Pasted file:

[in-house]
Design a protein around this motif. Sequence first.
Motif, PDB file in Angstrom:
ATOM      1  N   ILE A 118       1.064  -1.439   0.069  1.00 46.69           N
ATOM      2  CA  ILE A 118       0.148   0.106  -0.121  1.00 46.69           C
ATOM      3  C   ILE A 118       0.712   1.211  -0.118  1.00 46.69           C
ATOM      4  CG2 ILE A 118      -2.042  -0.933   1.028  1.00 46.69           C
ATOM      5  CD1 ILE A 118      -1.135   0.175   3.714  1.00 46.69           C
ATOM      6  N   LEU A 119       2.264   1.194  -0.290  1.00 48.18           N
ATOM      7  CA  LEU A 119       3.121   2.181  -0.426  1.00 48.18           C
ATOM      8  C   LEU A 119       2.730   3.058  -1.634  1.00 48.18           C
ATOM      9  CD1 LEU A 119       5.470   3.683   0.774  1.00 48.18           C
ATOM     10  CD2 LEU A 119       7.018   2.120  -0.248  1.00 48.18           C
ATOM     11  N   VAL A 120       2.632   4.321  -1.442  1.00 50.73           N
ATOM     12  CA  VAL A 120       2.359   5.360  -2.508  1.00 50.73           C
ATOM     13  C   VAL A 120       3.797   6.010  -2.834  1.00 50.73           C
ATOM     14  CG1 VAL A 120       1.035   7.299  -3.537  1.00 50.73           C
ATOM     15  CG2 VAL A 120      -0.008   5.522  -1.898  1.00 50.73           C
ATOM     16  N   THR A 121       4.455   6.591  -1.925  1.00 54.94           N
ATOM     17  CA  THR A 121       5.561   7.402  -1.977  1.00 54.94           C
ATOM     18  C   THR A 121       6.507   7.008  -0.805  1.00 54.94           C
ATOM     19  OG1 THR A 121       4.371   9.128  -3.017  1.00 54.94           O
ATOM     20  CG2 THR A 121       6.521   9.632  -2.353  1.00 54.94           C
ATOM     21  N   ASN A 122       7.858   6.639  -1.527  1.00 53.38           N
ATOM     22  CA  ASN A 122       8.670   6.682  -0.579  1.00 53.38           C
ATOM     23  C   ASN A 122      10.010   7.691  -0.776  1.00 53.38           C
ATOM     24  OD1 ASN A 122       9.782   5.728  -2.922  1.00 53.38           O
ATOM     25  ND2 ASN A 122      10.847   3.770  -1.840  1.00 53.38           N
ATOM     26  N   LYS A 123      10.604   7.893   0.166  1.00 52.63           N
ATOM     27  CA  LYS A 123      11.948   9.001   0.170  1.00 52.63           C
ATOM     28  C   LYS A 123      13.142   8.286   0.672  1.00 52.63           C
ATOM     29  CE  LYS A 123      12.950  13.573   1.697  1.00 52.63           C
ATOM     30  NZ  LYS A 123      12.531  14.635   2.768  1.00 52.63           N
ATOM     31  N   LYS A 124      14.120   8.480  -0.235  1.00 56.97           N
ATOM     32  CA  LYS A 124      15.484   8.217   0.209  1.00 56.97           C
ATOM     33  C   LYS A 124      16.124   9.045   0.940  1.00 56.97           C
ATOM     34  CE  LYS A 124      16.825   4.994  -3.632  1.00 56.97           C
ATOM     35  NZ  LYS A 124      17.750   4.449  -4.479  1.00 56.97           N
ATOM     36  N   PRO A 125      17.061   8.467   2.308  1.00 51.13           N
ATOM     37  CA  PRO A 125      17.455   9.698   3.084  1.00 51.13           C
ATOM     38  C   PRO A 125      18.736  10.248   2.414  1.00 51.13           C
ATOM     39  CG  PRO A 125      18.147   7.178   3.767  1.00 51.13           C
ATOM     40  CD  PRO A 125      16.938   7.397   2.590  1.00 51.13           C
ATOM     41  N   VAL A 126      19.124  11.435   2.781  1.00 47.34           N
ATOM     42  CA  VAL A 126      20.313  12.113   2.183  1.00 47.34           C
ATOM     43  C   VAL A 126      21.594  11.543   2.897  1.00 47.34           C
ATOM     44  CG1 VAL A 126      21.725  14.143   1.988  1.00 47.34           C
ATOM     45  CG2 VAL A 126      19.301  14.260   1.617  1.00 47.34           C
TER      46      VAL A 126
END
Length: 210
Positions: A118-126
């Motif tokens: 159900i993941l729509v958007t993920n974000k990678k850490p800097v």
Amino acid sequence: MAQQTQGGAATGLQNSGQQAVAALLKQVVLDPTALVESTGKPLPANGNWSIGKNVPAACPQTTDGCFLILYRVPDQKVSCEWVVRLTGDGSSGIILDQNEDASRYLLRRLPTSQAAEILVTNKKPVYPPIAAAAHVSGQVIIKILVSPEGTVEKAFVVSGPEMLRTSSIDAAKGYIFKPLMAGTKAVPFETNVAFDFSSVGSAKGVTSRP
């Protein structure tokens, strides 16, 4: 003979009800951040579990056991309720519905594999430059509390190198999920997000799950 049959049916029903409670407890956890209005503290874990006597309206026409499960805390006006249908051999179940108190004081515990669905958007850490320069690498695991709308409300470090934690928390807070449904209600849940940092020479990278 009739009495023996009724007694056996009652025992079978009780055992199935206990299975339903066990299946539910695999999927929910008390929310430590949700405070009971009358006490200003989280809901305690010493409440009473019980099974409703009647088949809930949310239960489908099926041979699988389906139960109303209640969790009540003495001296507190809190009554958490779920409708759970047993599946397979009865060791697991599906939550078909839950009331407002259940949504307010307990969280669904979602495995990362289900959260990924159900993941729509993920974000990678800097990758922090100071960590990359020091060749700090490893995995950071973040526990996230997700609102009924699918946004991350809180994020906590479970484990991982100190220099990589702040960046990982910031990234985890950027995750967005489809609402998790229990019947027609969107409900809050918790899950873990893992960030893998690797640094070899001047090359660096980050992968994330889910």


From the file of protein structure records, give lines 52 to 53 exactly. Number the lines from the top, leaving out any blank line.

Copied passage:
Positions: A118-126
């Motif tokens: 159900i993941l729509v958007t993920n974000k990678k850490p800097v």